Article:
I signed up for AT&T’s unlimited plan years ago and as such have been grandfathered in since they canceled it. I called AT&T to sign up for tethering and was ok with the $20 fee until they told me it would be like signing up for a new plan and would get rid of my unlimited plan for 2GB cap. I was so pissed, I’m fine with paying them more but then they have the audacity to try and get me off something my plan. These companies are practically stealing money and then want me to thank them. I’m so happy I downloaded this program, it works great and even though I almost never go over 2GB anyway, it’s nice to have the best of both worlds. I wouldn’t do it if AT&T were reasonable but if they want to try and steal my cash rather then earn it, I need to defend myself 

  • Kieran O’Leary

    Yesterday I paid the 15 bucks & downloaded the app but now all I get when I open the app is: “Failed to accept a client”
    I contacted tether about it but they did not respond. I then contacted iTunes support and they said they will refund the $14.99

  • gabriel jones

    Not sure how many of you will benefit from this but if your iPhone is jailbroken then you can still download this app. You must have “installous” in order to D/L it. I’m barely reading this article hours after CoM posted it and I was still able to d/l & use it no problem.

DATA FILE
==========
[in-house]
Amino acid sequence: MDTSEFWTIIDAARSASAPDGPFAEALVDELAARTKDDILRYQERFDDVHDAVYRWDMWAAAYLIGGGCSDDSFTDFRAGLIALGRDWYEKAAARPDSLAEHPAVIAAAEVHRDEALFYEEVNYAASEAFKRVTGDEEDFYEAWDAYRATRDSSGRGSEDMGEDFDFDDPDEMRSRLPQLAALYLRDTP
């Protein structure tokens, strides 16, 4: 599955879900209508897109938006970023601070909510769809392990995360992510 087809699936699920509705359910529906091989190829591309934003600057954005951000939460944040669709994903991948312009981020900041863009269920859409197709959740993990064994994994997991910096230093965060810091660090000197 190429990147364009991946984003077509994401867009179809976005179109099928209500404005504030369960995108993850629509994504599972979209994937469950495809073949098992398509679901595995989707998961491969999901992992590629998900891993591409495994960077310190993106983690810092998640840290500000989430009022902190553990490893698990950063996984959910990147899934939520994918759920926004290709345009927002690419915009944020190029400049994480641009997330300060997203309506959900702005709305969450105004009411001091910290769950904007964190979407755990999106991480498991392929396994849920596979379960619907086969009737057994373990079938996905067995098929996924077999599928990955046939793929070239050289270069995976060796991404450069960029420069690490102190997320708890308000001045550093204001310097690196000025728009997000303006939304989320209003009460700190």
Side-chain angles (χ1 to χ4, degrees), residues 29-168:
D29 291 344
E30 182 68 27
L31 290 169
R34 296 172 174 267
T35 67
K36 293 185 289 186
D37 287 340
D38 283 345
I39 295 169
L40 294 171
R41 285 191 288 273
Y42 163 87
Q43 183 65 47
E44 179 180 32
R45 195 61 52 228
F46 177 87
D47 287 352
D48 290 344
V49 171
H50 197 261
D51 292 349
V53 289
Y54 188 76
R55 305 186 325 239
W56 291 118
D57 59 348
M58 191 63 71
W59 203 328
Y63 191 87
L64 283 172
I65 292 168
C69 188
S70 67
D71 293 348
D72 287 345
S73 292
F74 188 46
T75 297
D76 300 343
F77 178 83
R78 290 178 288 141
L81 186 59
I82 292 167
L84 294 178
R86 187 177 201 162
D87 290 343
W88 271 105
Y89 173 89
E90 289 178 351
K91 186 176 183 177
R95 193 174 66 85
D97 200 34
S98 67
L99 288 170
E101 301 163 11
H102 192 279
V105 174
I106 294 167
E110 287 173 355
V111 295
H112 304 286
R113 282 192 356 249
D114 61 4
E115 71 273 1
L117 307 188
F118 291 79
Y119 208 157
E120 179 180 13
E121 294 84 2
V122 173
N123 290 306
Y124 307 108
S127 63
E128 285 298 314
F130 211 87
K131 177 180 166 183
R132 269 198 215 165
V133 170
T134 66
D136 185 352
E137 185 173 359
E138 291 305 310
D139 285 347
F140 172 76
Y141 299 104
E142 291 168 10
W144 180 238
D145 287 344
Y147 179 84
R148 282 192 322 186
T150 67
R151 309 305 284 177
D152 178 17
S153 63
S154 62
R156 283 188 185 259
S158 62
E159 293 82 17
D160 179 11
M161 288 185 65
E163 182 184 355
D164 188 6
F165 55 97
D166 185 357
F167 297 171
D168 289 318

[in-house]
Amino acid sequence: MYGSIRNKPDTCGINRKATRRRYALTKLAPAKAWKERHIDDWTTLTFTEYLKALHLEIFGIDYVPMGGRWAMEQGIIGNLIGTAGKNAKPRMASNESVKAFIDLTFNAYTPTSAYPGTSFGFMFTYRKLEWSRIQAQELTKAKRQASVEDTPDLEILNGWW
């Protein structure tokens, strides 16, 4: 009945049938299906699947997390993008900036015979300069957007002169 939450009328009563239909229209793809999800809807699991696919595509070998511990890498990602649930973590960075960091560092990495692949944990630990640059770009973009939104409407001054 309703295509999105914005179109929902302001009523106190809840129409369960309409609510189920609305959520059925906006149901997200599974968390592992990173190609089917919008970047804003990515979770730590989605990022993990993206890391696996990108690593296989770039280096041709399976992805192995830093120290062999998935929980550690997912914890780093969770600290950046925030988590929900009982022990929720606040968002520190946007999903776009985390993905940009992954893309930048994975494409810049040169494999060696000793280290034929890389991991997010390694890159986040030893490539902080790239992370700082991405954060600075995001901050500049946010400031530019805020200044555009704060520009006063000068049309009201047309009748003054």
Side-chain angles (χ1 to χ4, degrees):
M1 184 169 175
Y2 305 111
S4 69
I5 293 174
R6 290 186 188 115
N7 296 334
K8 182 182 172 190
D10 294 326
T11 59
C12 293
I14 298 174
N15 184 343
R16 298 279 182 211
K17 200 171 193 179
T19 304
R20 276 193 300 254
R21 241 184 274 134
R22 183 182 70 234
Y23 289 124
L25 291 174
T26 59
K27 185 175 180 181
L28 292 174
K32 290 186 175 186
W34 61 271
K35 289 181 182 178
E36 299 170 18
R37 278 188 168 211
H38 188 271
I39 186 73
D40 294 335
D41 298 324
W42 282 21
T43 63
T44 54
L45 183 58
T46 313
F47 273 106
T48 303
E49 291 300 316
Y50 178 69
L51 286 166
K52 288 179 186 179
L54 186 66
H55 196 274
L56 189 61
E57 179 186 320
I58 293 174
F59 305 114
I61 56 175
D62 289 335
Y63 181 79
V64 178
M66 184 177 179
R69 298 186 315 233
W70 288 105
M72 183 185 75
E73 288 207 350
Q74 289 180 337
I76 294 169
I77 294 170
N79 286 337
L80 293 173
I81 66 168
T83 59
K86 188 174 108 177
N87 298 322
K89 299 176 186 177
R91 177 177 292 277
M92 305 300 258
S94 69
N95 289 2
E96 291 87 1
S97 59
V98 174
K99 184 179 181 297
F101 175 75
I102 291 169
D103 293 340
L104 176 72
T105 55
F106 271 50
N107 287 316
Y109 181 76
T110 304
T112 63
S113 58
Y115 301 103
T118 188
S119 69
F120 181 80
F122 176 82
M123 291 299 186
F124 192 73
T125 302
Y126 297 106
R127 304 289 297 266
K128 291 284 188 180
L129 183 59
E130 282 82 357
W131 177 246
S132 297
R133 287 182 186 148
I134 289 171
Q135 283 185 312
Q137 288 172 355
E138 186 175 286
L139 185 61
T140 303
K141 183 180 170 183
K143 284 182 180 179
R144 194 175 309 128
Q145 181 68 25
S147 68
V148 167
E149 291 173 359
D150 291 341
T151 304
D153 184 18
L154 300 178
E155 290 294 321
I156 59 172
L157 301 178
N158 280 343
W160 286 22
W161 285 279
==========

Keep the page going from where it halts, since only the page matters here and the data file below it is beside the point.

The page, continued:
• Goldie20

    If Apple pulled the app based on inducements or threats by carriers then the App developer has a tort claim against the carriers for negligent inducement of breach of contract and/or intentional interference with contractual relations. Given that this would have been a very popular app the developer should have at the carriers.

About the author

Alex HeathAlex Heath has been a staff writer at Cult of Mac for three years. He is also a co-host of the CultCast. He has been quoted by places like the BBC, KRON 4 News, and books like "ICONIC: A Photographic Tribute to Apple Innovation." If you want to pitch a story, share a tip, or just get in touch, additional contact information is available on his personal site. Twitter always works too. All DMs excepted.